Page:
When saving the program to tape as a matter of routine, the computer unexpectedly printed:
RECORD then RETURN
“Index”? Excuse me? I rewound the tape, wanting to try again, but found that the machine was no longer responding to my keystrokes. Somewhat nervous, I pressed the BREAK key, essentially rebooting the OS, and typed OLD to recover the program from its original memory location. Phew, that worked, it was still intact. I tried saving again, but this time, the counter didn't even start running. I really didn't want to hard reset the machine, because I assumed that the failed save would have corrupted the tape, so the computer's RAM was the only place where the QR program still lived.
A few more tries, a few more reboots, nothing helped. Until, suddenly during a SAVE command, the screen got garbled and seemingly random pixels scrolled across the screen. I pressed BREAK again, expecting to end up at the BASIC prompt again, but instead was dumped into the ViewSheet spreadsheet program. I had no idea that this machine even had that ROM chip installed. The fact that I booted into it seemed like a severe case of memory corruption. I guessed, correctly, that *BASIC would get me back to BASIC mode, but by now OLD didn't work anymore, and my program was definitively gone from the computer's memory.
Now what? Let's cold-boot the machine and see what can be recovered from tape. But it seemed that the poor old thing was too far gone for that… instead of booting, it gave a continuous tone from its speaker, didn't show anything on the screen, and didn't respond to the BREAK key. I tried powercycling it literally hundreds of times, each time getting a slightly different tone and sometimes getting the keyboard LEDs to light up, but I couldn't get the machine to boot anymore. It seemed that my trusty old pal had finally given up the ghost.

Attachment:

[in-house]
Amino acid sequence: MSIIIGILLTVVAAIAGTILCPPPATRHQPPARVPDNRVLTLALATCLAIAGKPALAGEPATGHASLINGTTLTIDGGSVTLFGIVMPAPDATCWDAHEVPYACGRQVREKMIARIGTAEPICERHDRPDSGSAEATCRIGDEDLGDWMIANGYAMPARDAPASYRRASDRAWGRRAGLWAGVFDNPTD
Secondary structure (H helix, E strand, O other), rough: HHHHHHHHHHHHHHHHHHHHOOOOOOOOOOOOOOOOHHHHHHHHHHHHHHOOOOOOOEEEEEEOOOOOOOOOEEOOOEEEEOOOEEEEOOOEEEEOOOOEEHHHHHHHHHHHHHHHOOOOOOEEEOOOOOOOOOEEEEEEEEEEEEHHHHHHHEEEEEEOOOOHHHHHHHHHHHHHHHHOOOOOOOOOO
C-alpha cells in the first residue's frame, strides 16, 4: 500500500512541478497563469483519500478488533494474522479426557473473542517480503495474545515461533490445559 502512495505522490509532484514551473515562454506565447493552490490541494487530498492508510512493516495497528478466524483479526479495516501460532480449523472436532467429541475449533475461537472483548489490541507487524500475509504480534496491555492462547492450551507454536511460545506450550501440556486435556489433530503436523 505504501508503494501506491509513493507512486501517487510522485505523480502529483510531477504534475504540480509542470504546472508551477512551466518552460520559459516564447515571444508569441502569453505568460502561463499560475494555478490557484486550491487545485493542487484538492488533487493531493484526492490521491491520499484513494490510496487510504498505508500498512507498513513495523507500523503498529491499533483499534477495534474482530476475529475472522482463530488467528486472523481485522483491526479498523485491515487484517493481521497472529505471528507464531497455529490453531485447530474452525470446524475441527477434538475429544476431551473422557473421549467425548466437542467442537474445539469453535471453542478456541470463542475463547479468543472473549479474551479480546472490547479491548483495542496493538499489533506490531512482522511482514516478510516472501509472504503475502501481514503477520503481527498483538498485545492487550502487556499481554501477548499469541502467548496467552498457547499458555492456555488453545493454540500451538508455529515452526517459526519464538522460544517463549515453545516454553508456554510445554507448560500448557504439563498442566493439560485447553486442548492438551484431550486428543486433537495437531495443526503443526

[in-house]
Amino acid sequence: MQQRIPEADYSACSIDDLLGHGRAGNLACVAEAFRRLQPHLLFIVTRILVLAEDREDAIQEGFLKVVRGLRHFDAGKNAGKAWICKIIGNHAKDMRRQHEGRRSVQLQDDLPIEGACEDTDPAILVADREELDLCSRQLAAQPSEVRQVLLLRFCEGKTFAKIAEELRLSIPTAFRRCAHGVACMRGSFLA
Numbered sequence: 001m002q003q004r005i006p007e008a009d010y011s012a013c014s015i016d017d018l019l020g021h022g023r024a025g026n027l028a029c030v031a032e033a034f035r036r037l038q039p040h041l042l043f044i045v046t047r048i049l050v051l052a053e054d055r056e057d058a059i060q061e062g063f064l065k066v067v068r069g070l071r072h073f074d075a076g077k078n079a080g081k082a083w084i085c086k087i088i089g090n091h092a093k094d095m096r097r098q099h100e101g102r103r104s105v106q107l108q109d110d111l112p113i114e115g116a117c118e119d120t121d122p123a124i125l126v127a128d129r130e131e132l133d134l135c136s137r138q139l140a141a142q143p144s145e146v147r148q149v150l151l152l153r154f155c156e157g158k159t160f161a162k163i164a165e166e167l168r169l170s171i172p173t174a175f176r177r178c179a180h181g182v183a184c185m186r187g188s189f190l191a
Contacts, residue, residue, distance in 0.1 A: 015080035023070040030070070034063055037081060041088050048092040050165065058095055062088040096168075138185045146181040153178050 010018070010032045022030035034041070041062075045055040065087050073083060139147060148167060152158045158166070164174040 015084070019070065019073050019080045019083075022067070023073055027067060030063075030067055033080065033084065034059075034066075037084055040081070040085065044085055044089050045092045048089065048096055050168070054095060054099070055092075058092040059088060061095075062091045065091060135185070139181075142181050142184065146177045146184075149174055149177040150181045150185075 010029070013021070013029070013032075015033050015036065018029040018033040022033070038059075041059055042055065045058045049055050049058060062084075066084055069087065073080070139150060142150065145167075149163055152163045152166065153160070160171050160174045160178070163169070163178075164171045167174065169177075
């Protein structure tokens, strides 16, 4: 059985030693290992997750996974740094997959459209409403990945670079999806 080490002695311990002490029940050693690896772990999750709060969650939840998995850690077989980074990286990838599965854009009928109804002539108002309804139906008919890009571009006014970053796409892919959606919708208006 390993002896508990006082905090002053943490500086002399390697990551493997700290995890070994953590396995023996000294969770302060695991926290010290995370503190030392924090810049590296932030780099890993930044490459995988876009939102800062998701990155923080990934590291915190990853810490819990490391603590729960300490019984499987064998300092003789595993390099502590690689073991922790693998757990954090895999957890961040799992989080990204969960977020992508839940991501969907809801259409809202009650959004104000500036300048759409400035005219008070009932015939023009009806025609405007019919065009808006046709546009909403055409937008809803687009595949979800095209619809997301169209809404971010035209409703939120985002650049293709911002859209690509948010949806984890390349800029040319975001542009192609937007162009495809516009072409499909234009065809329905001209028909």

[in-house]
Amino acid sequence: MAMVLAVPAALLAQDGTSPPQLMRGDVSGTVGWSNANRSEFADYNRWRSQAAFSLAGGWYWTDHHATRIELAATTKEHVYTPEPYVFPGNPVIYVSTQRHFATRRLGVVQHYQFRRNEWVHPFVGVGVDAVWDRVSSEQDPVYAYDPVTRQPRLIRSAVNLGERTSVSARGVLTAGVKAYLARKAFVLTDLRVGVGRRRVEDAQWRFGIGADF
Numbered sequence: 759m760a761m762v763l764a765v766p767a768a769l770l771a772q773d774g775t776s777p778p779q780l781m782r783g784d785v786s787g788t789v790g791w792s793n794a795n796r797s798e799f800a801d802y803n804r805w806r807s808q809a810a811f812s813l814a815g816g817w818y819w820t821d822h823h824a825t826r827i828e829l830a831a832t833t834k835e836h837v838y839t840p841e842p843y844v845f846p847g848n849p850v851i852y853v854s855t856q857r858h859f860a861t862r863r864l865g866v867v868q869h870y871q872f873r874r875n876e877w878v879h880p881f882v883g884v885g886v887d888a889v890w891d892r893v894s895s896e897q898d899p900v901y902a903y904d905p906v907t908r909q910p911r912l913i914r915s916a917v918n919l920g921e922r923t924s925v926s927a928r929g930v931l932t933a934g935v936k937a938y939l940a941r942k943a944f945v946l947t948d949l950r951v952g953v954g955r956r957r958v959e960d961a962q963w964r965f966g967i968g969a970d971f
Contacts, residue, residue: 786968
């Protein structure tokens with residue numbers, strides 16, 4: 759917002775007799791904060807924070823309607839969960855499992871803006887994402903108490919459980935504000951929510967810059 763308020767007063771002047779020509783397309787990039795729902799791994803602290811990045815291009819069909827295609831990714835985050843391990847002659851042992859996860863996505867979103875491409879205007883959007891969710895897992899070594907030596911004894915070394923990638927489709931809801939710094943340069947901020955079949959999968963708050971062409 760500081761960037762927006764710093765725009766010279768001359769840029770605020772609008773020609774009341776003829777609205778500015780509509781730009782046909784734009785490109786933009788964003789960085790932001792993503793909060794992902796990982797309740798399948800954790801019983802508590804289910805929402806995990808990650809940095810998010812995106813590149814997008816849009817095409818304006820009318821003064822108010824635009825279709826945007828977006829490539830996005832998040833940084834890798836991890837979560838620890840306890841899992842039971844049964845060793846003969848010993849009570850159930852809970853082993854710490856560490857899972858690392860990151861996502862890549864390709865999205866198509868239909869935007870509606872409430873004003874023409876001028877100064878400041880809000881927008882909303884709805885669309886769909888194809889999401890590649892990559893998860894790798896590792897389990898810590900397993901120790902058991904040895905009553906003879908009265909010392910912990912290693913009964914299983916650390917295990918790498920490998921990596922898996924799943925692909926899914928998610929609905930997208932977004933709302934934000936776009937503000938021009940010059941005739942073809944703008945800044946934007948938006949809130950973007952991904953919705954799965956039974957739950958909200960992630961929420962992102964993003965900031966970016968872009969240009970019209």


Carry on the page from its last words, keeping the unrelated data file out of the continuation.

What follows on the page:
I had hoped to make the QR code program send itself across to the PC as a maiden voyage. I'm quite confident that (perhaps with even larger pixels) I could have made it work. Then I could post a YouTube video of a data transfer in progress, to help explain to my family what I've been up to in the past few weeks. I could publish the code on GitHub, annotate it, explain it in detail on this blog. Maybe it would even be useful to someone, although I didn't expect it to. I don't think any of that is going to happen anymore.
But of course, this QR code program was just a means to an end. The point of this project was to transfer all the old programs I wrote as a kid. Those programs are still there, sitting on a stack of 5 1/4" floppy disks on my desk, so close and yet so far away. If the machine would have worked again, I would have typed a simpler program, too small to need saving, to try and transfer them via sound signals. That, too, isn't going to happen anymore. Even if I could fix the computer itself, the disk drive also seems to be broken since the machine won't even boot when it's plugged in.
Fortunately, there is another way: a controller board like the KryoFlux can be used in conjunction with a PC style 5 1/4" drive to rescue data off of virtually any type of disk. I just ordered a KryoFlux board, and placed a bid on eBay on a compatible floppy drive. Fortunately, working drives for PCs seem to grow on trees still. The game is not over.
But for my old BBC Microcomputer, it is. The very device that launched my career as a software engineer will never run again. When I'm done mourning it, I'll probably take it to an electronics recycling facility. May it rest in peace.